Sinatra’s Angel Eyes drifts in from the living room mixed with the television sounds of fast cars and gunshots. A redhead looks down at Angelo, gives him a peck on the cheek, licks his nose, and punches him hard in the neck. Another girl shoves an apple in his mouth, jams it deep silencing his screams. Three shorter girls huddle around him and just point. He hears a glass break, audience applause, followed by the roar of shattered dishes. Girls tear down the kitchen cabinets, smear food on the walls, upturn and rip open furniture, smash in windows and mirrors, cheer, jeer, and chant, poke, pinch, and slap Angelo.

Silence. Nobody moves. Jenny leans over Angelo.

She pets his hair and says, “Almost dinner time, girls.”

Delicate hands massage his meaty skin, sprinkle salt and pepper, drizzle vinegar, pinch of cilantro. Olive oil coats his arms and legs. Dishrags wipe blood from his face. One girl, a brunette, holds a turkey baster in front of him, squeezes something mushy up his nose. He gags on the apple. The microwave beeps, coffee drips, water boils, and places are set. Angelo looks over, focuses on the massive bubbling cauldron in the corner, spits out the apple.

“Jenny!” he shouts, head tilted up, staring into her eyes from where she stands, examining her fingernails, at the foot of the table. “I didn’t mean to screw all of them. I love you, Jenny.”

The room goes silent again. Jenny nods to her sisters. Jennifer One and Two cut him loose from the table, grab his collar, yank him up. He’s tossed to the sofa. Jennifer One stands behind him, and presses the sawed-off to the back of his head.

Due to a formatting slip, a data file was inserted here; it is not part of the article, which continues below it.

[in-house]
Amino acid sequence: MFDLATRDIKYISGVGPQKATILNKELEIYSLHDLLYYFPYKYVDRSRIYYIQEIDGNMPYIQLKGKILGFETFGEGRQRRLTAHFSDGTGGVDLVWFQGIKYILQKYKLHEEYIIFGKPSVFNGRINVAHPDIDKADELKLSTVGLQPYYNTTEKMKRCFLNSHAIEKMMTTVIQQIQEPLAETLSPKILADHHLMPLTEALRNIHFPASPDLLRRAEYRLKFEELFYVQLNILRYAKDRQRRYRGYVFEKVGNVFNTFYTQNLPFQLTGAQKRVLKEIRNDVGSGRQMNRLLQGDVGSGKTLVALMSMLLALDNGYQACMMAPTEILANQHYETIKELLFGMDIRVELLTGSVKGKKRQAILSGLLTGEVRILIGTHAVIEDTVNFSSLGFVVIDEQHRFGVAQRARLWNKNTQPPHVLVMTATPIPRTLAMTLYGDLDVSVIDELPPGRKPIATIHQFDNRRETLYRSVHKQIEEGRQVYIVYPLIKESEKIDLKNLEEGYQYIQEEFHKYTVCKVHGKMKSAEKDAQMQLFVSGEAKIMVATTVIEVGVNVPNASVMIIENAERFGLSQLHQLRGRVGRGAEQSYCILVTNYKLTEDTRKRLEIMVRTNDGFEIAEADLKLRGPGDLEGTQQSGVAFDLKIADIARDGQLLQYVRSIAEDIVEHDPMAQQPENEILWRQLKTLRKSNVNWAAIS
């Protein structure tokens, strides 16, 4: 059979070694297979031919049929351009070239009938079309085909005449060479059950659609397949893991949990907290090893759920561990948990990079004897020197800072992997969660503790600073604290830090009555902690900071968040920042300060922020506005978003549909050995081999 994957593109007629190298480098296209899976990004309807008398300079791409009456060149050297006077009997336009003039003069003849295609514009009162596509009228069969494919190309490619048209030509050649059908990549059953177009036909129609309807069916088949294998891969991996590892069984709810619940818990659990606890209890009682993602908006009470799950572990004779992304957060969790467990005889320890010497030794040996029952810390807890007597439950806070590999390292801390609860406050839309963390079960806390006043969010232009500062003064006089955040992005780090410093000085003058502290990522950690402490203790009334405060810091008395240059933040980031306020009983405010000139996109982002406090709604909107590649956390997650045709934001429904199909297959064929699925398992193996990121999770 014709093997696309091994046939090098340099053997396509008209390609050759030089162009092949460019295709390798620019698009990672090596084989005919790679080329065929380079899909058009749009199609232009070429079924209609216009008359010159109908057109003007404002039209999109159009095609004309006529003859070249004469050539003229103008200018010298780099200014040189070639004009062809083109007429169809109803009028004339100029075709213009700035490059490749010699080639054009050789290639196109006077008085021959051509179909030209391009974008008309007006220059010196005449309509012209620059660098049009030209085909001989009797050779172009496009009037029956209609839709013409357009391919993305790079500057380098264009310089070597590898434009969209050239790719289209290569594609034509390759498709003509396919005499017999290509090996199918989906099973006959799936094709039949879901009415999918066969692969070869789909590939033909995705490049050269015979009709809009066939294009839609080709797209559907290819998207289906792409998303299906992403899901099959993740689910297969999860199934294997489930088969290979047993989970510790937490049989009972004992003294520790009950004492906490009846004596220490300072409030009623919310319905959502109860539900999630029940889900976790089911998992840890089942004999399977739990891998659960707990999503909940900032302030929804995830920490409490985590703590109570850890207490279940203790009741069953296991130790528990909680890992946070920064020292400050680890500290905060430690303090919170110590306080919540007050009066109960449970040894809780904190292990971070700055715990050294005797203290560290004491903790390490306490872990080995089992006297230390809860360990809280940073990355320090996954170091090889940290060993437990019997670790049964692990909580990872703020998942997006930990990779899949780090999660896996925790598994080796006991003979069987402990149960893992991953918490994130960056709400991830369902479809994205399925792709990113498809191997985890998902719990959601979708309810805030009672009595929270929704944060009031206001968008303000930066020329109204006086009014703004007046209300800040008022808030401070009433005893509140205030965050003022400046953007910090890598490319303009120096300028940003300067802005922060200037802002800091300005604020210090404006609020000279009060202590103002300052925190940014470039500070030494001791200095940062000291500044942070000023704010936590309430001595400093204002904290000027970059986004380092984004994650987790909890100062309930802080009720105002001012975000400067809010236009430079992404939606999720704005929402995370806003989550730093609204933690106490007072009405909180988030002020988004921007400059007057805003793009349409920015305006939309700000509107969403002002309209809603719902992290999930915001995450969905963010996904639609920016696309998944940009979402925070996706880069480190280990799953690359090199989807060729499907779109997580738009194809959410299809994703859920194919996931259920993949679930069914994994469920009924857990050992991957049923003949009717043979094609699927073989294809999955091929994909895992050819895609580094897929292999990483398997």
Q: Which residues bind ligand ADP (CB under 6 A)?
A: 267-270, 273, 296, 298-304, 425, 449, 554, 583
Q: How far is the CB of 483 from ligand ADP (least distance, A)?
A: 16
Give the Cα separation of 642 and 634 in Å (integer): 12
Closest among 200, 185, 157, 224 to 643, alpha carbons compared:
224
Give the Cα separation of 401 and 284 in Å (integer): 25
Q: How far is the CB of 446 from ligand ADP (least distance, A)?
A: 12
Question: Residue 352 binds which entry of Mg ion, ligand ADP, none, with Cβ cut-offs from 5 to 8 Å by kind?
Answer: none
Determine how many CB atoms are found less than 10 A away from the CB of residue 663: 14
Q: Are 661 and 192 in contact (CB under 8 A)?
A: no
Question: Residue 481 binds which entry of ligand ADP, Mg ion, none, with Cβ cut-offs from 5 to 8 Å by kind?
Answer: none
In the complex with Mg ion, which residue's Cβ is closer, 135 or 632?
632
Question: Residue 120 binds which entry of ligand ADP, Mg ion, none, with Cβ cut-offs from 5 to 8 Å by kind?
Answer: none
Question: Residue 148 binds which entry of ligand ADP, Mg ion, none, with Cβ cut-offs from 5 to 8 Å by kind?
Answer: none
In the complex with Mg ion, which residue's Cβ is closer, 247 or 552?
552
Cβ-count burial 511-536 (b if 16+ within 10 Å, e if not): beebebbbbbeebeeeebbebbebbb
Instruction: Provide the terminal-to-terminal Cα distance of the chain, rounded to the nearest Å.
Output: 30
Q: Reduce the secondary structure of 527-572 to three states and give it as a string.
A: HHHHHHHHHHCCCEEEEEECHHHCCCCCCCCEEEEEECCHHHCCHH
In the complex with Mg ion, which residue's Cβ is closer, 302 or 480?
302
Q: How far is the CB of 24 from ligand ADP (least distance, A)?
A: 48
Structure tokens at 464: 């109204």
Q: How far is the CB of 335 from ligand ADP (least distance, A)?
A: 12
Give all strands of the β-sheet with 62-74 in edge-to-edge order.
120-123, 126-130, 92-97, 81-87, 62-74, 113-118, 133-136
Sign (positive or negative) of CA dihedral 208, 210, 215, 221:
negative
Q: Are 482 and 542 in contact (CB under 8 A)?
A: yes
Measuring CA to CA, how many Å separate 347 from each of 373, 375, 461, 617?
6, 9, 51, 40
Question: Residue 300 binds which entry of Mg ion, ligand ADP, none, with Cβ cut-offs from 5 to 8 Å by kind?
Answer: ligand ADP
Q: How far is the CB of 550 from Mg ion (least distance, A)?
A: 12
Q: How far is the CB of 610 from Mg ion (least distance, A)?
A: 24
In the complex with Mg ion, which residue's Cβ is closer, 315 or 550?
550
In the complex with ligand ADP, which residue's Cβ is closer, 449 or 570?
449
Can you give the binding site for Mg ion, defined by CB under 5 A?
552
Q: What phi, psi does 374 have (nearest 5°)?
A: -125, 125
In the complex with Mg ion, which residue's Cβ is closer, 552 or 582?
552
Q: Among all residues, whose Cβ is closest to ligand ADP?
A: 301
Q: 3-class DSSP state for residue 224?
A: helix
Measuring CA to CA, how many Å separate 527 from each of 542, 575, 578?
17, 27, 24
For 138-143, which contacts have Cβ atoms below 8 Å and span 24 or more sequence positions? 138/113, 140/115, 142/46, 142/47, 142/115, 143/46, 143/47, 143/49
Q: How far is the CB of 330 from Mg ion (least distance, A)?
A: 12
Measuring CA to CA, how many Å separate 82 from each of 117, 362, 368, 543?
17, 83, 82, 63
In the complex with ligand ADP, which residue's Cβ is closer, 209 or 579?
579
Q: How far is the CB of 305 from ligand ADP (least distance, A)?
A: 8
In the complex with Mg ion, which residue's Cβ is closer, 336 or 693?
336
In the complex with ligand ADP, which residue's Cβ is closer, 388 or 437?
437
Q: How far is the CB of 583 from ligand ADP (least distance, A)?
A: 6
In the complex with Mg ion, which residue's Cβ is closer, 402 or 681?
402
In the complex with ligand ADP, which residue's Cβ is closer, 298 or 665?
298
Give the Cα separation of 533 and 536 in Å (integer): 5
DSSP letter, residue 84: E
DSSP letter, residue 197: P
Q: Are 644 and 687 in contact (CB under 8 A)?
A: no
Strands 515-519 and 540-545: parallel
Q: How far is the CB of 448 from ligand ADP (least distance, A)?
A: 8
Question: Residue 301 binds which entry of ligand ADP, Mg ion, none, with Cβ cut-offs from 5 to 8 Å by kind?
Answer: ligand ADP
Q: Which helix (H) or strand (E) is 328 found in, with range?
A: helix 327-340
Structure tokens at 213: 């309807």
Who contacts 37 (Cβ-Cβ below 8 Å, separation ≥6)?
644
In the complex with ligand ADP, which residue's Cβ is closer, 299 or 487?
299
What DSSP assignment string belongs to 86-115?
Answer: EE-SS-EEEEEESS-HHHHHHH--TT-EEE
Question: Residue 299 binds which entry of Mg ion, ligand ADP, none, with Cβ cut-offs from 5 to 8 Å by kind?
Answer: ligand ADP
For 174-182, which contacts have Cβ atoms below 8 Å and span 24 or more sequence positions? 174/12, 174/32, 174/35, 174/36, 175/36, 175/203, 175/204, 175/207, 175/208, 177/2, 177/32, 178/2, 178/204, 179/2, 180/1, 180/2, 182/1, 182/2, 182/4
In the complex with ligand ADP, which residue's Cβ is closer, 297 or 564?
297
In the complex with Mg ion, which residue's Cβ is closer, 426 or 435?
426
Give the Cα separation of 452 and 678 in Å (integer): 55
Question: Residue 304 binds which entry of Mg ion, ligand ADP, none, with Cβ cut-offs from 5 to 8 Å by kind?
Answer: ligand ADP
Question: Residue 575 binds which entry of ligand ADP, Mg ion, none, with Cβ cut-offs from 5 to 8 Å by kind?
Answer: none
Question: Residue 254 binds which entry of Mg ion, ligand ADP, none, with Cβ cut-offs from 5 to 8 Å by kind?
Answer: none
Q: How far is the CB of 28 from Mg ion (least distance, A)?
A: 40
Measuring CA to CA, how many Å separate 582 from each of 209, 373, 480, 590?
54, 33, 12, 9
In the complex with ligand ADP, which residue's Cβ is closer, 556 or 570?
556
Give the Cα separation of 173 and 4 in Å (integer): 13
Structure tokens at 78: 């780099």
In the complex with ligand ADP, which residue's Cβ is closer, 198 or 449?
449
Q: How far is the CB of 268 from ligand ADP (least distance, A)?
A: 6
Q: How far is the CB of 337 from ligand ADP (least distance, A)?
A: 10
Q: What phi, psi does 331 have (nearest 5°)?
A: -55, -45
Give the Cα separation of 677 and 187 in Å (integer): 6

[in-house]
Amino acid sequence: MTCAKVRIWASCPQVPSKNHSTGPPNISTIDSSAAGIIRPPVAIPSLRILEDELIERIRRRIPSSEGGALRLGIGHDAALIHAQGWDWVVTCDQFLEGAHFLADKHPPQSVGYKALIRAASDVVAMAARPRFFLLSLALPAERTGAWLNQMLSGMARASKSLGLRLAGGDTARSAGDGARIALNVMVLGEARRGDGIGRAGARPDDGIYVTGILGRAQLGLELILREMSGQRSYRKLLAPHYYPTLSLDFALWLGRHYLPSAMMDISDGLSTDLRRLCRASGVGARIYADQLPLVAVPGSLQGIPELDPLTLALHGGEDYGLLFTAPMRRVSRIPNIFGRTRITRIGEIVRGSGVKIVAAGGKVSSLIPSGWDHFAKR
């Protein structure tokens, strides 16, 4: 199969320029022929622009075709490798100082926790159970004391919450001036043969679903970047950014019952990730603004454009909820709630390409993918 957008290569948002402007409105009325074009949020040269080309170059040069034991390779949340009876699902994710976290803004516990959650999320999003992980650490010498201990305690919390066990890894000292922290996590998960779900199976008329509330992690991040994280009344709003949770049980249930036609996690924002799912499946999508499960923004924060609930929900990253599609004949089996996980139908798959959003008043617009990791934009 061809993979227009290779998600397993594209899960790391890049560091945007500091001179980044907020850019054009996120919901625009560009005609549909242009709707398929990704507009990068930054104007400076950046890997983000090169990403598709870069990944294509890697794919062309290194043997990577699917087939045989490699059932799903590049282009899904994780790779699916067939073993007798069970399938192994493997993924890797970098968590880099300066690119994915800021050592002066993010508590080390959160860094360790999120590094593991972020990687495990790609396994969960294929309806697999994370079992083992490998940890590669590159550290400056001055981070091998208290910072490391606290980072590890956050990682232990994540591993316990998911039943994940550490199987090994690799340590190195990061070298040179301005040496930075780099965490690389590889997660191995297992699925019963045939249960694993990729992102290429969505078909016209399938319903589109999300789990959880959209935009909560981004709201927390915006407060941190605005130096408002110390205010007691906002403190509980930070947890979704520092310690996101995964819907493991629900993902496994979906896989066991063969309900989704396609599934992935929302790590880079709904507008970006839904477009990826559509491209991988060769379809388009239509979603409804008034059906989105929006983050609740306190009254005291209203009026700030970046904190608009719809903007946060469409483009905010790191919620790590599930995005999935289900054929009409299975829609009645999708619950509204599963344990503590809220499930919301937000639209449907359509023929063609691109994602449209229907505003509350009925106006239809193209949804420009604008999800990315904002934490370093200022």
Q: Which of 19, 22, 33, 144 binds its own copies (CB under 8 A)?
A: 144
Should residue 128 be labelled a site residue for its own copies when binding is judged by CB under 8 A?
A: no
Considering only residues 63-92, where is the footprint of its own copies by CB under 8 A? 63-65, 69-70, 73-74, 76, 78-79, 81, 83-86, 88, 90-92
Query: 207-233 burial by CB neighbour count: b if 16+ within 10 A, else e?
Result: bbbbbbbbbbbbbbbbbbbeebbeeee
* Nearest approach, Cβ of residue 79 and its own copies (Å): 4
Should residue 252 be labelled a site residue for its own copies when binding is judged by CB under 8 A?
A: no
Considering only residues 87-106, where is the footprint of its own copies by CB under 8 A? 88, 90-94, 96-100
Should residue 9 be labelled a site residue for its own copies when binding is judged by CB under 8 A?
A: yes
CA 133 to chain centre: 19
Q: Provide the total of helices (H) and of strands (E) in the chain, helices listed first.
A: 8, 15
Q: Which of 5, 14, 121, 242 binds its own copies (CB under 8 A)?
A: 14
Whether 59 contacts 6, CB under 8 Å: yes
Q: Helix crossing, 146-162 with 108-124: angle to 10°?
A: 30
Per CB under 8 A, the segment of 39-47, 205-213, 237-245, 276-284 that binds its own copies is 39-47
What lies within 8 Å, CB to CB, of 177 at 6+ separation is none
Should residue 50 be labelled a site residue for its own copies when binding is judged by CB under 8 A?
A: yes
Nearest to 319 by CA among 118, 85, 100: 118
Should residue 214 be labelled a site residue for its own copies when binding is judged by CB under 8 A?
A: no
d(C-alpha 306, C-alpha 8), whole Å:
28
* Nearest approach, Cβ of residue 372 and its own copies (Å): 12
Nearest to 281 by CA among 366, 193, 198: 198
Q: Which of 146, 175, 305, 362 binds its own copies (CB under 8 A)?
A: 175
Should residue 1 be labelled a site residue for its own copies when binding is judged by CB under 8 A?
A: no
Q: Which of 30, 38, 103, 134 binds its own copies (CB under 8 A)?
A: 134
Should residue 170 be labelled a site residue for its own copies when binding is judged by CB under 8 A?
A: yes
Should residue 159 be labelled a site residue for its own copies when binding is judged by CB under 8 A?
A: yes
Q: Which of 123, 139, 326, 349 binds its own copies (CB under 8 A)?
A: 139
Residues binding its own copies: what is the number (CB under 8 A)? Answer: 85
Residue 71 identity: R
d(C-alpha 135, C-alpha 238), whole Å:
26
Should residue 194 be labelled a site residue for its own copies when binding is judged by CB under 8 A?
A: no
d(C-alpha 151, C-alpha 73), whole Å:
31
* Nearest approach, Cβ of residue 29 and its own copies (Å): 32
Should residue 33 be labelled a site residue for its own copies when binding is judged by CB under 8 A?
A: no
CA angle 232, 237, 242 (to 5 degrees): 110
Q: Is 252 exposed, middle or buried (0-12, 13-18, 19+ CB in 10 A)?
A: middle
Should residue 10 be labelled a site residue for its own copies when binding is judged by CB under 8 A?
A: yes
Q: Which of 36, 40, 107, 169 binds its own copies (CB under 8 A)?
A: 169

“Just say the word and I’ll do it, please let me do it.”

Jennifer Two stands beside him, stomps, digs her heel into his big toe.

“I’m starving,” she says, “sis, hurry up.”

Jenny just stands there, mallet in hand, patting it into her palm.


“Let him speak. Speak, asshole.”

“I thought,” he says, “I thought there was another man, Jenny—Matt.”

“Matt,” she repeats, “Matt Stewart, that hockey prick?”

“Yeah,” he says, voice cracking, “I was jealous . . . thought you were fooling around with him, so I started seeing other women.”

Jenny kneels down, almost nose to nose with Angelo. Her brow furrows, brushes hair from her face, stares at him through eyes gone beyond compassion, beyond forgiveness. She inhales his sweat and remembers the dinners, the flowers, the chocolates, the promises, those sweet, sweet promises. She looks around at the ten girls and her two sisters, and settles on the cauldron in the kitchen.

She imagines him standing in the middle of her palm, a little Angelo, half an inch tall, leaping up and down, waving, calling out for mercy. He rattles on and on about this mistake, how men are weak and women are from Venus and ten thousand other silly things. The girls stand quietly behind Jenny, huddled together, waiting. She leans back, sighs.

Angelo exhales, licks his lips, looks away. She sees him in her palm, again, swallows his excuses until little Angelo starts to grow. The more he speaks, the taller he gets. His tiny adult body expands with each lie, each story, each slippery word dripping from his mouth.

Jenny licks her lips, too. She squeezes her hand shut and holds it in front of his face, feels his hot blood and tiny guts squish against her clenched fist. She clears her throat, smiles. He smiles back, relieved.

“Thank you, Jenny. Thank you, baby. I promise I’ll never do it again. I pro—”

“Girls,” she says, “we’ve all had one part of him in our mouths at one time or another. Now, let’s see what the rest tastes like, shall we?”





Jamie Grefe currently lives and writes in Beijing, China. He sips coffee from a Craven A tin. His work appears in Bartleby Snopes, Untoward Magazine, Mud Luscious Press, and elsewhere. Visit him: http://shreddedmaps.tumblr.com